If you’re new to property rental, you might be wondering who is responsible for certain tasks which keep a home looking nice and tidy. It’s fairly obvious that internal cleaning is the responsibility of the tenant, but what about the garden? Gardens require regular maintenance throughout the year, but if this is neglected, it can devalue the property, not to mention cause run-ins between landlord and tenant, and disgruntled neighbours too.
Where the responsibility lies
There are variances according to each state’s Residential Tenancies Act legislation, but in almost all instances in the Australian rental market, it is the tenant who is responsible for looking after the day-to-day garden maintenance. That means committing to a regular schedule of yard work, including mowing the lawn, clearing debris such as leaves and litter, pruning and strimming where appropriate, and tackling weeds. The expectation is that tenants maintain the standard of care at the time they moved in (outlined in the property condition report) and will raise any issues which need attention.
However, landlords are responsible for ensuring that the tools to carry out this maintenance are provided, including mowers, shears, hosepipes and sprinkler systems. Under most tenancy agreements, landlords are also responsible for larger jobs such as tree lopping, clearing gutters and maintenance of the water reticulation system and any specialist plants. If there is a fruit tree in the property’s yard, it is important that the tenancy agreement states who will care for it and even who can pick (and eat) the fruit.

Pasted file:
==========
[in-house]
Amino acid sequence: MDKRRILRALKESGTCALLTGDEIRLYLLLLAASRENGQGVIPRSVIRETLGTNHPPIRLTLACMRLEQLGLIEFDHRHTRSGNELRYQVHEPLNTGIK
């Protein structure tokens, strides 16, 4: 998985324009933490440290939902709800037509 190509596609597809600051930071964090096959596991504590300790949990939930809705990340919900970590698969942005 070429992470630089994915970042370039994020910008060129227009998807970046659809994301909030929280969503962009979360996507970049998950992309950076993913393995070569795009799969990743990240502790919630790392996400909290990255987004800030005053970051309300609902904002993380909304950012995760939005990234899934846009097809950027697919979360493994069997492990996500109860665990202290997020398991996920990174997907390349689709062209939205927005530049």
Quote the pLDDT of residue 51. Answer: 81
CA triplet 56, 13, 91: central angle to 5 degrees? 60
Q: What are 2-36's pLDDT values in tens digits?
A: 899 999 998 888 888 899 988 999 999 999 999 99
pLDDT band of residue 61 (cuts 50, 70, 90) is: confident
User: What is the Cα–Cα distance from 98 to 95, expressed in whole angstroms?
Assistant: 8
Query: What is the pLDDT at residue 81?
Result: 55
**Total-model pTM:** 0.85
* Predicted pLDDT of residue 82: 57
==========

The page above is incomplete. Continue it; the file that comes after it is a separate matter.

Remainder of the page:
The tenancy agreement
Of course, these are general guidelines, and since each property has unique needs, the tenancy agreement should define where the responsibilities lie. One notable exception to the above is where garden maintenance contracts may be in place, which is usually in properties set in communal grounds with maintenance fulfilled by a third party.
If a tenant experiences problems with their garden, such as leaks, storm damage, wear and tear, drainage issues or hazards, it is usually the landlord who is responsible for taking action if it requires specialist experience or equipment (such as in the case of breakages, heavy fallen branches or uprooted trees). For minor disruptions, the tenant will usually be expected to remedy it themselves.
It can be difficult for both parties to know, not only where the responsibilities lie, but how to register any complaints. Therefore, it makes sense to ensure your tenant has a copy of their tenancy agreement to hand; you might even wish to issue them with a year-round garden maintenance checklist. It can also help to use a service that makes it easy to log and manage maintenance requests.
At Lodge, we don’t just make it easier for you to collect rent payments, but to manage your maintenance schedule and get quotes from contractors who can carry out the work at the most convenient time and affordable rates. Discover more on our website today.